Friday, December 4, 2009
Friday Flashbacks: Creepshow 1982
Director: George Romero
Writer: Stephen King
Starring Hal Holbrook, Adrienne Barbeau, Fritz Weaver, Carrie Nye, E.G. Marshall, Viveca Lindfors, Ed Harris, Ted Danson, Stephen King, Tom Atkins, Tom Savini and Gaylen Ross
The horror anthology has long been a favorite style of horror fiction and horror films for me. From classics like Tales from the Crypt and the Amicus anthologies of the 60's and 70's, all the way to modern films like Tales From the Hood and Trick R Treat. Creepshow though, is by far my favorite of these films. A no brainer collaboration between Stephen King and George Romero, this film does everything right. The way the film actually looks like a E.C. comic and the great performances really puts this film a step above all other anthologies. The way romero uses over exaggerated lighting and sound effects really makes the stories come to life and leave a definite impression on your mind. The effects in the film are mind blowing too, with by far the best rotting and walking corpse I have ever seen in a film. The stories are quick and too the point and never stay around any longer than is needed toe have the viewer get the point. The framing sequence too, is one of the best in a anthology film and it goes full circle at the end, making it it's own story.
The plot basics are this, A father (Atkins) is punishing his son for reading a grisly horror comic, and as he leaves the comic seems to come to life. The first story involves a anniversary party of the killing of a rich old miser, who was killed by his eldest daughter (Lindfors), but he rises to enact bloody revenge. Next we meet Jordy Verrill (King), a country hick who discovers a meteor and finds that his contact with it is transforming him. Next, we meet Harry Wentworth (Danson), who is having a illicit love affair with the wife (Ross) of Richard Vickers (Nielsen). Vickers discovers this and plots a wicked revenge that comes back to bite him. Next we meet a college professor (Weaver) who has a friend (Holbrook) who he plays chess with and is enduring a brow beating wife (Barbeau). He discovers a crate in his lab, which contains a carnivorous beast and he comes to his friend for aid, and he decides to use it to do away with his nagging wife. Finally, we meet Upson Pratt (Marshall), a business mogul who is cutthroat and a recluse, living in his climate controlled penthouse. It seems he has a bug problem and it seems they are trying to overtake him, but will they?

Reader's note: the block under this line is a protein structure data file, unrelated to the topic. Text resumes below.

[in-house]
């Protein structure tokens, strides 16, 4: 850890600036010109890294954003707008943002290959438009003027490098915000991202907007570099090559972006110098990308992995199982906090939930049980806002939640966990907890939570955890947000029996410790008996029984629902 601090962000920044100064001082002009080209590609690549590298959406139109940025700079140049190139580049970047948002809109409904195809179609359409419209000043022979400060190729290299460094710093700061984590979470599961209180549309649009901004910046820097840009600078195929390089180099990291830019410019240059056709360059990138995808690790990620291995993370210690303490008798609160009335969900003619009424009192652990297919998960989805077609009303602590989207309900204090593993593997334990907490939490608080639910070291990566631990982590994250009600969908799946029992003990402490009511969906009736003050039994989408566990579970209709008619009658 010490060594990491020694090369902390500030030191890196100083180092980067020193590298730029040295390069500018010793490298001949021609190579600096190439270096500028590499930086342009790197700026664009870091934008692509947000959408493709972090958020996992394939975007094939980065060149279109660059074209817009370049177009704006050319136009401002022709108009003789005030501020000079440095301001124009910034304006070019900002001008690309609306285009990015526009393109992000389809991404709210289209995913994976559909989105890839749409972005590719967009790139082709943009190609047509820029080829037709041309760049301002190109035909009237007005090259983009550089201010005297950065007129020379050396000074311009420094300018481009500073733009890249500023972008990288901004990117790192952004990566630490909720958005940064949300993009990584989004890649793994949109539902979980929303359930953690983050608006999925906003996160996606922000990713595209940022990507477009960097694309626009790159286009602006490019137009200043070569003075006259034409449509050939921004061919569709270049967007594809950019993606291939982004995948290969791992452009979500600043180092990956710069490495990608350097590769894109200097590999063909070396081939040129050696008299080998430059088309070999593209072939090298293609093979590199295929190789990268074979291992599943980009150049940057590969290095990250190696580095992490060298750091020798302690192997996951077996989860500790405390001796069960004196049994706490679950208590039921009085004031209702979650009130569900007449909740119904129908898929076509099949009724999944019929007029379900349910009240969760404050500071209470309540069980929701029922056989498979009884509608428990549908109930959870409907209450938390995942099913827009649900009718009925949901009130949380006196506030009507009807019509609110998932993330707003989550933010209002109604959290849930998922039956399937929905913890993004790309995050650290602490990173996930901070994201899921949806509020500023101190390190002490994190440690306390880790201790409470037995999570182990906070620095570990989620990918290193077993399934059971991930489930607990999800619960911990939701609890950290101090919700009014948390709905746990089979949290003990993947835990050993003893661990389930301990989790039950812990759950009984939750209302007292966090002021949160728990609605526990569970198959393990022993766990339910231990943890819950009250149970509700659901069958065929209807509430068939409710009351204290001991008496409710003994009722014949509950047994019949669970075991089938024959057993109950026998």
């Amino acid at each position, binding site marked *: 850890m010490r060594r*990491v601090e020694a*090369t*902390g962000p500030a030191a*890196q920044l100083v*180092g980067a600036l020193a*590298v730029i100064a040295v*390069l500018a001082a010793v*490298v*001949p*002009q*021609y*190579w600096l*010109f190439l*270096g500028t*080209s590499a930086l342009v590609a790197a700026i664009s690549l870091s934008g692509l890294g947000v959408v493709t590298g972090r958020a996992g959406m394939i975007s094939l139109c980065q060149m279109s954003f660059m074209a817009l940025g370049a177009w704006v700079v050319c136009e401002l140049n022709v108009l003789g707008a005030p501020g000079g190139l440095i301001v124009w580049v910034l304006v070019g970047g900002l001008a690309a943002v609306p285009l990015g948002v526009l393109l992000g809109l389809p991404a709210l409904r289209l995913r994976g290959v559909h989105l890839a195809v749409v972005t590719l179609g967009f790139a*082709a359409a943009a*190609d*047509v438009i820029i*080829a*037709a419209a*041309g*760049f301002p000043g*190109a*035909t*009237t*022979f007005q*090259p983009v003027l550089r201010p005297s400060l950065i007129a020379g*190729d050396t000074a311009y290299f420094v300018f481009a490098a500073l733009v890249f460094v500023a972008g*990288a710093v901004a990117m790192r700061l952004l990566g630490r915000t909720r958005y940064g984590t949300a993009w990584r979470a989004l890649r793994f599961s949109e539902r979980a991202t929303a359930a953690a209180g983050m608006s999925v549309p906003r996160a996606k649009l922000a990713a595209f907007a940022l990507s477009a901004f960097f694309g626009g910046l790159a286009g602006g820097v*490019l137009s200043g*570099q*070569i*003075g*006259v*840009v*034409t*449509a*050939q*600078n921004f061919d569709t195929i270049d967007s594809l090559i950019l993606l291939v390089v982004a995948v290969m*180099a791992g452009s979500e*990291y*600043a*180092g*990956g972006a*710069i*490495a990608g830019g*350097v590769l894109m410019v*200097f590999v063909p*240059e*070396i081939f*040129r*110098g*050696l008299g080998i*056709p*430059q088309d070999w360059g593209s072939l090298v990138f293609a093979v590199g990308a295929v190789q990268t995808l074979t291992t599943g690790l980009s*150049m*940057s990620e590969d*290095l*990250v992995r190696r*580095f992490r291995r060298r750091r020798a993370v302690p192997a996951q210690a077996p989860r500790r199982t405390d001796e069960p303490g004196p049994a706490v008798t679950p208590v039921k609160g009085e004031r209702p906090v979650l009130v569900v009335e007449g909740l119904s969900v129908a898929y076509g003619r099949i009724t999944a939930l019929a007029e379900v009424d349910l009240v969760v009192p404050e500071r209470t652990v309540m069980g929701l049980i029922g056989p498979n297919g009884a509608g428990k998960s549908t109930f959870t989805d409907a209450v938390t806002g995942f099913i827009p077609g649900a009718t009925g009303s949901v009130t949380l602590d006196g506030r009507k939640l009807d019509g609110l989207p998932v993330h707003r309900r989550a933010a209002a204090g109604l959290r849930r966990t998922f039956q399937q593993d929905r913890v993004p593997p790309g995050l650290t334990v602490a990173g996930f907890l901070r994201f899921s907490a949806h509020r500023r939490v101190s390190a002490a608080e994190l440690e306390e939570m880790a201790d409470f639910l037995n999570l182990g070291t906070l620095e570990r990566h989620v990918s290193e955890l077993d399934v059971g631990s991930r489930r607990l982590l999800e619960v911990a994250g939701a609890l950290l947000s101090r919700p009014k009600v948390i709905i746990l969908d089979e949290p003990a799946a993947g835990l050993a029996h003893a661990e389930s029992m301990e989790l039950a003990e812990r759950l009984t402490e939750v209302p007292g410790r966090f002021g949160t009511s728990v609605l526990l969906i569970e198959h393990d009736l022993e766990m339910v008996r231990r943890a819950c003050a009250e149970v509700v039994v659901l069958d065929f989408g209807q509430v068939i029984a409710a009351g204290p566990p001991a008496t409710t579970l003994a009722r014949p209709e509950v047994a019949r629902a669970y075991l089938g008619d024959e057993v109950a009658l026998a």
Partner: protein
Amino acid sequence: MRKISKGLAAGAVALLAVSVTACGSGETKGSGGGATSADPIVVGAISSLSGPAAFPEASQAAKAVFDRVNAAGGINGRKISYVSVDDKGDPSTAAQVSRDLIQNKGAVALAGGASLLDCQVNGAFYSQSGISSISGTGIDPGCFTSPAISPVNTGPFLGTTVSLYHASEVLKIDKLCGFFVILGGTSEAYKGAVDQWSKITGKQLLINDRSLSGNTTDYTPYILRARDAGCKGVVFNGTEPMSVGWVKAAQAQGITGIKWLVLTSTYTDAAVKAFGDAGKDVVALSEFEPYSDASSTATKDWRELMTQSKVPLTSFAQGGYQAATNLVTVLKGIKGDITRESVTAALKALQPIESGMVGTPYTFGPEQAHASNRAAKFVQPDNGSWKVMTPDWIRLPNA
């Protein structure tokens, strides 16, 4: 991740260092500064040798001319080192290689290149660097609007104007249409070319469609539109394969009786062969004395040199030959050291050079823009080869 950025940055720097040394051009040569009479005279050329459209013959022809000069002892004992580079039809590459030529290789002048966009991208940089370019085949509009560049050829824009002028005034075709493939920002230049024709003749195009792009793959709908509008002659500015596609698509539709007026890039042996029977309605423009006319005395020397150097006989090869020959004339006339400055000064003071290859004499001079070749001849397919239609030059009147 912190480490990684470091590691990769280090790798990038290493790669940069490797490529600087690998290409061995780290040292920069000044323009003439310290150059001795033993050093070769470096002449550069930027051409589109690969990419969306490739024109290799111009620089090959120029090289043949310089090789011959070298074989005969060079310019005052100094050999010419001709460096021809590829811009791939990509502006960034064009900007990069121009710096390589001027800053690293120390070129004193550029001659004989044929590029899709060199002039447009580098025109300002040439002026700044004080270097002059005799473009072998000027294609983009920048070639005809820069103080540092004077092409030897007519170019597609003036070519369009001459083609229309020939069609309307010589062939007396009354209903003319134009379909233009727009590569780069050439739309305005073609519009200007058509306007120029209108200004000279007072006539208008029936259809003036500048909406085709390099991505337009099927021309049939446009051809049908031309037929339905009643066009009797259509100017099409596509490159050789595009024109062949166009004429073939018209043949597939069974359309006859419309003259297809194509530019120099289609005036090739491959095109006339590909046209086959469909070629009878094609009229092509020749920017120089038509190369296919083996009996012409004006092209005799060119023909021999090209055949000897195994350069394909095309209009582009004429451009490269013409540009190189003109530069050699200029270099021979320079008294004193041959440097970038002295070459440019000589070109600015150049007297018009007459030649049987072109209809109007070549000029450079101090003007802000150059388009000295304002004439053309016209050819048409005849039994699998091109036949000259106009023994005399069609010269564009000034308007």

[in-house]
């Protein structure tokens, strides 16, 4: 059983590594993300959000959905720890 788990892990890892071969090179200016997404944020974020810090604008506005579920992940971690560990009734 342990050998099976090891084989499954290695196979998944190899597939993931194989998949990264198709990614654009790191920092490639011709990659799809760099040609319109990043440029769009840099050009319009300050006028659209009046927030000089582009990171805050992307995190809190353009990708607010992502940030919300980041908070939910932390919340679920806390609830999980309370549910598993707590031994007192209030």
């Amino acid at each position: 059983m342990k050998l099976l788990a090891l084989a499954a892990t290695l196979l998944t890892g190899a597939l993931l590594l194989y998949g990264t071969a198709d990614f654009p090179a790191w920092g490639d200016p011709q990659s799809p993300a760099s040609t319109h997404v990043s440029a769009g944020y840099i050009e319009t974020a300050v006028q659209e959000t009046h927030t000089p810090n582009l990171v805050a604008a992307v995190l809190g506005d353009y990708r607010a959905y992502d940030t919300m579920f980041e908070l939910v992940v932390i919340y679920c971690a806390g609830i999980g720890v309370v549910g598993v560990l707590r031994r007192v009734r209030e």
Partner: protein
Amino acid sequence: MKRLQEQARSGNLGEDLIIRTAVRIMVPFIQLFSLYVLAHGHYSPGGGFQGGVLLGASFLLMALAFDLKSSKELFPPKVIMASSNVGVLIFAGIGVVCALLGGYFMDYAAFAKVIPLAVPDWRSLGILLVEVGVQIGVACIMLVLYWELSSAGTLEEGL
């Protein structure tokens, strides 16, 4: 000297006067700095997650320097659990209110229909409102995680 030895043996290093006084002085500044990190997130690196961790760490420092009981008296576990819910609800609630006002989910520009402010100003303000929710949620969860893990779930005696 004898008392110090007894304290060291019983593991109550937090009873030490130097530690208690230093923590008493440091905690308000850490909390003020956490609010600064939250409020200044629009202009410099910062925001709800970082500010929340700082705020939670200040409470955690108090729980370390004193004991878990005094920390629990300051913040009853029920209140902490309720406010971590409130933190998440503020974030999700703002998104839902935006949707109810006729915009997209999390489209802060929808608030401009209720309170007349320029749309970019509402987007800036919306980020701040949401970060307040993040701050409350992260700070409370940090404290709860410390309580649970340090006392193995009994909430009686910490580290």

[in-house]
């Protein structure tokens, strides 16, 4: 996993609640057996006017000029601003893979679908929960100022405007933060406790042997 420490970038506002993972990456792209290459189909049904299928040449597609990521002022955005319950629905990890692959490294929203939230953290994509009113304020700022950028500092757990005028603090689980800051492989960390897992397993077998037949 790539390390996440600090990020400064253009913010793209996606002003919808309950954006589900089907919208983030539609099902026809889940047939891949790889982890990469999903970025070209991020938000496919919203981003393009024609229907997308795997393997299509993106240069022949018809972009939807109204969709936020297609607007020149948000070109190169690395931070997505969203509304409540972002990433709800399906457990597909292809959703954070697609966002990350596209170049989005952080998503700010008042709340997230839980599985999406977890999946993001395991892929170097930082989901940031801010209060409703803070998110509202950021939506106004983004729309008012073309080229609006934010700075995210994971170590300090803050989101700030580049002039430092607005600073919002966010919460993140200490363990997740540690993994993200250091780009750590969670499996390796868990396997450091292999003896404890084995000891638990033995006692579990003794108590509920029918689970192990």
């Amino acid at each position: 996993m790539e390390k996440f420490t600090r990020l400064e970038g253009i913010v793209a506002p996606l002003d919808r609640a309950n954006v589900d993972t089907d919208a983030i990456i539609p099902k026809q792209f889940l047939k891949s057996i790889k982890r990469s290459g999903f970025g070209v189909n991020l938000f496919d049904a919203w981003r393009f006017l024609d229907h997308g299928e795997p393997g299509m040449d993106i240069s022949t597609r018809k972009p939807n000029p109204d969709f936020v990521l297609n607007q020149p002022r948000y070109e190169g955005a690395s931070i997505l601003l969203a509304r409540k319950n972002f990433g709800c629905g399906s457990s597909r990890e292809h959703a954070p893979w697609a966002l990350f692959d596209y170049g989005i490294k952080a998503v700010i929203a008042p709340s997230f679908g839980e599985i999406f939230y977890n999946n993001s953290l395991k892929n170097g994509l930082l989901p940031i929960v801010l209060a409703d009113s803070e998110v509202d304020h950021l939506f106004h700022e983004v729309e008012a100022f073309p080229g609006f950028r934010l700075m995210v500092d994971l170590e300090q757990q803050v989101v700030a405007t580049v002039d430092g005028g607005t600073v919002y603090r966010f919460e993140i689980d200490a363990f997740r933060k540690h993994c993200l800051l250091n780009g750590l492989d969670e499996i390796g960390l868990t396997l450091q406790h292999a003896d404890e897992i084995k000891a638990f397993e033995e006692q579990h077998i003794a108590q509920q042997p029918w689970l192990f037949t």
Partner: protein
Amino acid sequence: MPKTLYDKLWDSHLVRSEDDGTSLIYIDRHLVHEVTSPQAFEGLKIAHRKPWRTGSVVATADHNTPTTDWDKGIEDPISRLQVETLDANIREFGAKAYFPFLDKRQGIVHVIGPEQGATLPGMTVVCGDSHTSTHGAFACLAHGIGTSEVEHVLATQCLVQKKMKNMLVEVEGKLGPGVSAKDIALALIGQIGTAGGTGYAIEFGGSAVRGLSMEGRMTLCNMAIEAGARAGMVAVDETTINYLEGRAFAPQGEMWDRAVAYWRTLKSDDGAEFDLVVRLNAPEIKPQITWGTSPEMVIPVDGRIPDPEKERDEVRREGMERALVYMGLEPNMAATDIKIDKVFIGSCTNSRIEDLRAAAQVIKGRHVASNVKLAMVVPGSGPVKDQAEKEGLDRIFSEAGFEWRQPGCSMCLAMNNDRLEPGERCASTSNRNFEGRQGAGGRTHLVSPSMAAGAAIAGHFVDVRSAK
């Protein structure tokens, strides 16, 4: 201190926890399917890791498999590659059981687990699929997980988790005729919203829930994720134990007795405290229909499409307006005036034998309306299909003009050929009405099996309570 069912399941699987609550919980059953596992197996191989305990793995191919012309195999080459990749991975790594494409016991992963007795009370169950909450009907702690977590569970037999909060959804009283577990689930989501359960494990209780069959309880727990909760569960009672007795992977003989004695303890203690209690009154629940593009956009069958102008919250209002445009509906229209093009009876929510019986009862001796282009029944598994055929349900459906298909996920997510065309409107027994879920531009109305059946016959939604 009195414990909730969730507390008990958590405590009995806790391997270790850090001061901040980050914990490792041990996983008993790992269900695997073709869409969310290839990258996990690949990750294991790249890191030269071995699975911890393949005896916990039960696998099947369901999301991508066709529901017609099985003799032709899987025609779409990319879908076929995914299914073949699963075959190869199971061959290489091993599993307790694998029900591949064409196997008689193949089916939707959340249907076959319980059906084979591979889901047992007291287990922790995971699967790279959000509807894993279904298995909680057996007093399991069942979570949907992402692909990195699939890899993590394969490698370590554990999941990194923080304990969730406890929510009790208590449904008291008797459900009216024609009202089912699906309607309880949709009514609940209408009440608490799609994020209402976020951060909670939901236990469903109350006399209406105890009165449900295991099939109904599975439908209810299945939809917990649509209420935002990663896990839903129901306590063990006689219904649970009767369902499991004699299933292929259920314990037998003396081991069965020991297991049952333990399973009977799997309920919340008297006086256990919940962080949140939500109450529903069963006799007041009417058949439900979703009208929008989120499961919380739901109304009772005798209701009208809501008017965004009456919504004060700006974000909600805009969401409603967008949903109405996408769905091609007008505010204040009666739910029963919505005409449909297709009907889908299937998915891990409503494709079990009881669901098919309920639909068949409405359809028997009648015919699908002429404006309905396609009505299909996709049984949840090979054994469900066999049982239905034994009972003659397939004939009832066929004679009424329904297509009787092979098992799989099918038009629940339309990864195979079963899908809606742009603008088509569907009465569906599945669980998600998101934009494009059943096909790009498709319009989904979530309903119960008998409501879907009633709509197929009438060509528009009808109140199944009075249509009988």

This is an exceptional film and one of my all time favorite horror films. The direction by Romero is flawless. He conveys the mood of each story perfectly and uses the lighting and music to really heighten the mood and really gets the viewer to feel the way he wants them to feel. The script by King is no different, each story is very tight and as minimalistic as possible. These kind of horror stories were always more about the plots than the characters and that works to the films advantage. All the characters are very overblown and melodramatic and are a delight to watch. The ensemble cast is excellent, Barbeau and Marshall are probably the 2 biggest scene stealers in the film. Barbeau as the nagging wife Billie in "The Crate" is a delight and you really hate her and want to see her meet her vicious end. Marshall as the caricature of Howard Hughes is great as well, he chews every scene of his with great relish and the viewer definitely cheers when he gets his due. The SFX and effects by Tom Savini is amazing. The walking corpse of Nathan Grantham and the creature in "The Crate" are the 2 high points of the film and in all of horror films in general.. The final ingredient in this great film is the score by John Harrison, which personally is my favorite horror film score. It just sets the playful and eerie mood of the film perfectly and I am always humming it for days after I watch the film again. This is a perfect horror anthology and one of the best films by both Romero and King.
This one gets 5 out of 5